There is plenty of info about raccoons at Houzz - Garden Web but not much here so I’m starting this topic. I’ve got a problem with night time raiders. If you want you can see with this video:

I cut an old garbage can vertically and put it around a pluot tree that will soon have ripening fruit. Maybe it will help or maybe they can climb it. I’ll report if it doesn’t. In addition to shooting and trapping are there any other ideas?

Sorry but that can is just a ladder unless you have mighty small coons. I find they’re suckers for the small marshmallows. About 8 will lure them into a trap. Other than that an electric fence.

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I agree with Fruitnut Raccoons hate being shocked so it only takes one time for them to learn. Hook up and electric fence around whatever you are trying to protect and that will do the trick. I have not turned my electric fence on in years. The raccoons and I had a disagreement about corn once and I persuaded them to see my point of view. I heard them using raccoon bad language at about 2 am that night when they found my new fence. They now leave my corn alone.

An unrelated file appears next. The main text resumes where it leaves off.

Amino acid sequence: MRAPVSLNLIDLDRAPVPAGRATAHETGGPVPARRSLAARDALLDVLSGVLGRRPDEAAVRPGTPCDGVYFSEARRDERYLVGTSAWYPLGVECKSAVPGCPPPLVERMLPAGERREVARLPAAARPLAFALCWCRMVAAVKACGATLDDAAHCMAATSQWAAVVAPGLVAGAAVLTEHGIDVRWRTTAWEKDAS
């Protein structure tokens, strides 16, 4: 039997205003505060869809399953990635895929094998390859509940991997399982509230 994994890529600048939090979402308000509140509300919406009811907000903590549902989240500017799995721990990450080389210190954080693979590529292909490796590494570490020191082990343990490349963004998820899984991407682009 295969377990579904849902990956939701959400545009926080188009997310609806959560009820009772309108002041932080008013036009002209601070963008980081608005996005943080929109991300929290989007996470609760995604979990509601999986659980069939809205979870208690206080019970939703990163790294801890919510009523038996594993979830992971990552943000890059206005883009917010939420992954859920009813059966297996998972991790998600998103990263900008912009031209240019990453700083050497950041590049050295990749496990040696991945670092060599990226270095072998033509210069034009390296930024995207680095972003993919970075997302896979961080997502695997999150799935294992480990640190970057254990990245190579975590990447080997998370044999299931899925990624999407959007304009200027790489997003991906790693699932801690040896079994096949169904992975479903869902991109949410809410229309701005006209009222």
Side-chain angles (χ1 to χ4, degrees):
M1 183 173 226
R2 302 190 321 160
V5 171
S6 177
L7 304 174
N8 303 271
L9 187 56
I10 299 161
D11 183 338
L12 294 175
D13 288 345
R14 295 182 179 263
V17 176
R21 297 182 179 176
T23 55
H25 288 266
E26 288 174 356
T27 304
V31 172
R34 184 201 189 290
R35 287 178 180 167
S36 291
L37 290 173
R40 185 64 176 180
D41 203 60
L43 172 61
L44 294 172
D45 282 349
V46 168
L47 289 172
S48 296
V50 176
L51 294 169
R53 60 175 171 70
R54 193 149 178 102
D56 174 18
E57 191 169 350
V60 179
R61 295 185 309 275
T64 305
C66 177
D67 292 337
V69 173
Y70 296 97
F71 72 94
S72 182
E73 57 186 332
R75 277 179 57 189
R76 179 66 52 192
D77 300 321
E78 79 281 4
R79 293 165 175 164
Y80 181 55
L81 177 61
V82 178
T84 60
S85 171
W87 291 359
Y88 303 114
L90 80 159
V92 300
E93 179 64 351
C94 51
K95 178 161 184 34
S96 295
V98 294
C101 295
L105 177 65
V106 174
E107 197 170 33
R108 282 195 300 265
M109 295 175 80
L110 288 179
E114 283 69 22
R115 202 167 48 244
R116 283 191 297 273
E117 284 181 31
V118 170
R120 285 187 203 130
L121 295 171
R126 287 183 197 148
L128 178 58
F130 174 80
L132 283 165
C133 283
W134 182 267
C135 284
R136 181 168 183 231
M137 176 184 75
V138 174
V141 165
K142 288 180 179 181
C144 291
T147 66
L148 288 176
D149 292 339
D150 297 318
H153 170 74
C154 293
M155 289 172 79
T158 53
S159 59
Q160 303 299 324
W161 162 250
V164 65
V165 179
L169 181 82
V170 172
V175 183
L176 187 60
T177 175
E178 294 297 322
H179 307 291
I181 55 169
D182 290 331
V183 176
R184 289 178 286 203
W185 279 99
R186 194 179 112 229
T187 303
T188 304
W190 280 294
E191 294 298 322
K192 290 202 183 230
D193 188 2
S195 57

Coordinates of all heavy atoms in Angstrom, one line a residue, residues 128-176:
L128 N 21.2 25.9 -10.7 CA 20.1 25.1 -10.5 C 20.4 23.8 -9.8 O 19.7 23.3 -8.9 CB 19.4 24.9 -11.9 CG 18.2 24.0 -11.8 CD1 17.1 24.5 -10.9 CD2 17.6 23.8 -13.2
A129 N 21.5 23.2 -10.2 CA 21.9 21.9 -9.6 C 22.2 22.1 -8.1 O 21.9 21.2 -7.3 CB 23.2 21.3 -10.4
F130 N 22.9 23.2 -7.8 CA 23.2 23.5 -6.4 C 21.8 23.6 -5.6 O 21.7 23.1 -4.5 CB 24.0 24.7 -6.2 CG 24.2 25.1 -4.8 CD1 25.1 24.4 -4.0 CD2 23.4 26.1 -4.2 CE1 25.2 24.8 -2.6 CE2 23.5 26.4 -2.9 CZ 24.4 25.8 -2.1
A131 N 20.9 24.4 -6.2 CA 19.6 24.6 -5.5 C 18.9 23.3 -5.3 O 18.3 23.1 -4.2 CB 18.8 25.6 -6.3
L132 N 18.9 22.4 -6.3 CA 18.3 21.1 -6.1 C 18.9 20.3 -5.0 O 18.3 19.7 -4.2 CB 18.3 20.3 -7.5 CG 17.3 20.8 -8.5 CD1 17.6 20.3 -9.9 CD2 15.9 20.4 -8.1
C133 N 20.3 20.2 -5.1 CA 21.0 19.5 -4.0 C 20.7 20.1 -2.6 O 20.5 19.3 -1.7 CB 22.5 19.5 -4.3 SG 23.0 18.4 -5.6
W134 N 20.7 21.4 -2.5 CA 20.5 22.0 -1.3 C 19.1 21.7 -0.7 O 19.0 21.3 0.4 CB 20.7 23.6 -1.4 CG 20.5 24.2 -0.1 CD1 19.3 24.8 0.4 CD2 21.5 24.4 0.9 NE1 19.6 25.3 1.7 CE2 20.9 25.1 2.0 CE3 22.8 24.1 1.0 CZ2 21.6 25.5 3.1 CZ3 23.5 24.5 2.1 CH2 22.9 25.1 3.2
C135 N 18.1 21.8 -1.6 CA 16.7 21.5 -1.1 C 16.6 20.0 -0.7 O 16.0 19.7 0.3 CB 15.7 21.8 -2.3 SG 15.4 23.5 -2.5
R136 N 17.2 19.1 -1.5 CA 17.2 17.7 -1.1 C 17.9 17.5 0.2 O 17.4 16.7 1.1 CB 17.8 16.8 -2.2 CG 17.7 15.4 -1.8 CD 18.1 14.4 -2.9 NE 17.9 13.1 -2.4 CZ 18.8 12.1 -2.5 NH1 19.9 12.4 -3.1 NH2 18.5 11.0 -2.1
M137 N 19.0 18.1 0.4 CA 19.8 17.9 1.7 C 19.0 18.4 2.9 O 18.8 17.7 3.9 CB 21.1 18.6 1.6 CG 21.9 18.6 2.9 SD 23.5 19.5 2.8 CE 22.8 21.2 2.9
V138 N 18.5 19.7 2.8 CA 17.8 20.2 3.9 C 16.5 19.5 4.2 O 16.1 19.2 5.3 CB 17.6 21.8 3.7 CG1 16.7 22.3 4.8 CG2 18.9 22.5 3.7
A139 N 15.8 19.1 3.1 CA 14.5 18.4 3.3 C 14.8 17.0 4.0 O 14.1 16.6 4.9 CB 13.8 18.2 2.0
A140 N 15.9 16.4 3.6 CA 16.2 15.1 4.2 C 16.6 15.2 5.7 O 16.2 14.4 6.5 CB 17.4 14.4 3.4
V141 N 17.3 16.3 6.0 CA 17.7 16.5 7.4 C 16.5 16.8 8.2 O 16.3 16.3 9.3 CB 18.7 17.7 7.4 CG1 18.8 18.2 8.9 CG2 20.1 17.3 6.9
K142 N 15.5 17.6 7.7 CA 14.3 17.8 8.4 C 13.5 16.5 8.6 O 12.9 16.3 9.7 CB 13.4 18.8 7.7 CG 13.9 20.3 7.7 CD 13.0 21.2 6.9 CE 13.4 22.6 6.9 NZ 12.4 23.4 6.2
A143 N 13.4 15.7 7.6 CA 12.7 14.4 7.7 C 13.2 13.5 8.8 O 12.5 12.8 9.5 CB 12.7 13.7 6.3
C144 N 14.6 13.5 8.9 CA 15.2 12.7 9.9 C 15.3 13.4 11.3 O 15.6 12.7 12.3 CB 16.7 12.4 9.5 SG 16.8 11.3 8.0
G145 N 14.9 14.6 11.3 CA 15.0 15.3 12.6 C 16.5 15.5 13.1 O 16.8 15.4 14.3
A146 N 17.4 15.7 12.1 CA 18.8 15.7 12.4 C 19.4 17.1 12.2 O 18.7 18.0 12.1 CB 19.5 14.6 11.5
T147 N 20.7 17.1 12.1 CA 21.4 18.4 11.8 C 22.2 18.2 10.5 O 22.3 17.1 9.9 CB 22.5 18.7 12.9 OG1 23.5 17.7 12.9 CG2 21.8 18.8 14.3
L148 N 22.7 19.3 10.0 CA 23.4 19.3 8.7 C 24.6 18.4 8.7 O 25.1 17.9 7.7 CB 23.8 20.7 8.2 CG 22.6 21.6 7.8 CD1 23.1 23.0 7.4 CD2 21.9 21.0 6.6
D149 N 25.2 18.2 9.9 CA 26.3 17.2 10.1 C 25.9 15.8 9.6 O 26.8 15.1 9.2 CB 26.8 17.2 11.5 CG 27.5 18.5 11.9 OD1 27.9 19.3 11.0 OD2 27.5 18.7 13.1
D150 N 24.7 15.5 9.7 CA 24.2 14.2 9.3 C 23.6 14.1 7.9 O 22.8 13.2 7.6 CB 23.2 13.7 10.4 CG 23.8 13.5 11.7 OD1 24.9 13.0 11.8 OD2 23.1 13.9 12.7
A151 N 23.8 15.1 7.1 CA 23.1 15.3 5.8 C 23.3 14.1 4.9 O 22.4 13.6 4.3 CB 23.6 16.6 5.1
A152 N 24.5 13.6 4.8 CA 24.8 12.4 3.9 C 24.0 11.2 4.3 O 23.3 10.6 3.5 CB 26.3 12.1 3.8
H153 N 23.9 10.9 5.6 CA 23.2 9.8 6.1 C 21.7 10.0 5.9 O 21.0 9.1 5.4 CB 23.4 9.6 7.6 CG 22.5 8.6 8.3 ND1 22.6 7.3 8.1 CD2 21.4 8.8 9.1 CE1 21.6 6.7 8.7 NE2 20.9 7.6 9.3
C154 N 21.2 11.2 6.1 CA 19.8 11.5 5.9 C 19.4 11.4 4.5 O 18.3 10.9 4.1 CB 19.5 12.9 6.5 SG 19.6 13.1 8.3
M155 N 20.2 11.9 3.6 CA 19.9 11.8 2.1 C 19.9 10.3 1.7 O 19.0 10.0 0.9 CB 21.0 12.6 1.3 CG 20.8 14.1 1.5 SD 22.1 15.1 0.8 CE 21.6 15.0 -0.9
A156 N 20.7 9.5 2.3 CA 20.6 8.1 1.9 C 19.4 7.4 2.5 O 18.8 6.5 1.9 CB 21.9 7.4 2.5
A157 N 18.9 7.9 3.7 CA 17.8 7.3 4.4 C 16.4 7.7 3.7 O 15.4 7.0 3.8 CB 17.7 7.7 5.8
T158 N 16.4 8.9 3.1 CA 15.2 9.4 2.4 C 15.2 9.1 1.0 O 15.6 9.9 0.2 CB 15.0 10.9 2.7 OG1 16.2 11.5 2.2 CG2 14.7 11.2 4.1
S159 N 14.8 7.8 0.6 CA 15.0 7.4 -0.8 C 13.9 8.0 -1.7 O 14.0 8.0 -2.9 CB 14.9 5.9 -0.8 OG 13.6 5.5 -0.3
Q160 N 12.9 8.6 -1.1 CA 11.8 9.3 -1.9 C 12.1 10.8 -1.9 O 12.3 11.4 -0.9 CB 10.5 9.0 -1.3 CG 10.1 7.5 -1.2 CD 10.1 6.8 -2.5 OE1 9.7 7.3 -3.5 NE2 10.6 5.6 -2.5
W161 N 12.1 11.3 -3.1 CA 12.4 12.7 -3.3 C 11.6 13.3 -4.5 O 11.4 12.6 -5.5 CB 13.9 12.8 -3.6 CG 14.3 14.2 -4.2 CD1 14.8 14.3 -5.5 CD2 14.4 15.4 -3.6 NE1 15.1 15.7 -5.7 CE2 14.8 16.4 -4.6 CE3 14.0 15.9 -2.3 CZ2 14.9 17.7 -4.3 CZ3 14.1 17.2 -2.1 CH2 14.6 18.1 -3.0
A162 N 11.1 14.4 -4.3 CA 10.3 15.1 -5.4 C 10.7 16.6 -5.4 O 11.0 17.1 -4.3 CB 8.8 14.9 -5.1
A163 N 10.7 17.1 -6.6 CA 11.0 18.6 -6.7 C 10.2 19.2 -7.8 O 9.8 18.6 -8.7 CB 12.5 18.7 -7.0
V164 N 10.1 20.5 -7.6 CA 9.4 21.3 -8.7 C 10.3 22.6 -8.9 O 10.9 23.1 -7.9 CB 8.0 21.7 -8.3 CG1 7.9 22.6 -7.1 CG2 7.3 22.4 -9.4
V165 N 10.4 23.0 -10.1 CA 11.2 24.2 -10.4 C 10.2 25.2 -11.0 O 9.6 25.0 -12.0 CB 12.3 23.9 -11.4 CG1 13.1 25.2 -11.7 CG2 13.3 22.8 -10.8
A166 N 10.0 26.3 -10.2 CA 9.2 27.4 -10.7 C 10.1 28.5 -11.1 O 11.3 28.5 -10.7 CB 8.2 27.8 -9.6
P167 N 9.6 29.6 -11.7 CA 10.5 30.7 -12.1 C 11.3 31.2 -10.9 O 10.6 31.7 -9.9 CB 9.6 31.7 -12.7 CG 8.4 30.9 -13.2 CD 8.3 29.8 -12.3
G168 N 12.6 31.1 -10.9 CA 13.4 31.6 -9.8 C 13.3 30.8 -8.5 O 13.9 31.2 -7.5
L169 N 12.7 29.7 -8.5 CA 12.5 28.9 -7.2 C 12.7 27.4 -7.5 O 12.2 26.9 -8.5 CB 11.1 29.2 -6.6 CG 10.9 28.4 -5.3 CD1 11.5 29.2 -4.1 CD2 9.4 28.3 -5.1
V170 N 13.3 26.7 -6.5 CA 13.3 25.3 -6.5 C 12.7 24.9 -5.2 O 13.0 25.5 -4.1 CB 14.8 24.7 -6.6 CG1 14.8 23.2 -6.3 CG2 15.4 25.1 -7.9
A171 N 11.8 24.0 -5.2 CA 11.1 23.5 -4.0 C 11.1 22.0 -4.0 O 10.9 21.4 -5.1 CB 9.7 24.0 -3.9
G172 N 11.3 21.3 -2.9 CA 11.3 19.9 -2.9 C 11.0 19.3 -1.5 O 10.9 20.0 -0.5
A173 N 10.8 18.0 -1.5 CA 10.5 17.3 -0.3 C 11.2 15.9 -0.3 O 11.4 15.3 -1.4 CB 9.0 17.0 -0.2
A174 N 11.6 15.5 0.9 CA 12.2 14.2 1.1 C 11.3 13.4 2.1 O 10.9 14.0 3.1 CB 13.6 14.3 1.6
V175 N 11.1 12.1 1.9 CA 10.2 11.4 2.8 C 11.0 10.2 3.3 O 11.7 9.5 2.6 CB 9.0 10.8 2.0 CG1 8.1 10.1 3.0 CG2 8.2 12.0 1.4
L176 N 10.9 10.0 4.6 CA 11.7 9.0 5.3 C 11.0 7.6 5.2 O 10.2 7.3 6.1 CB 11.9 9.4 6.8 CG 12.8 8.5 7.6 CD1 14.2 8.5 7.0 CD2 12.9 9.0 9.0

Is that the same tree in the video as in the Picture? It doesn’t look like it.
The video has weeds and stuff.

It’s a different tree. I’m trying to protect a tree they haven’t attacked yet. Interestingly, when they collected fruit, they had a preference for the fruit in baggies. They must have had prior experience with garbage cans.:relaxed:

Plz update Us with the final result later. I hope it works out for you.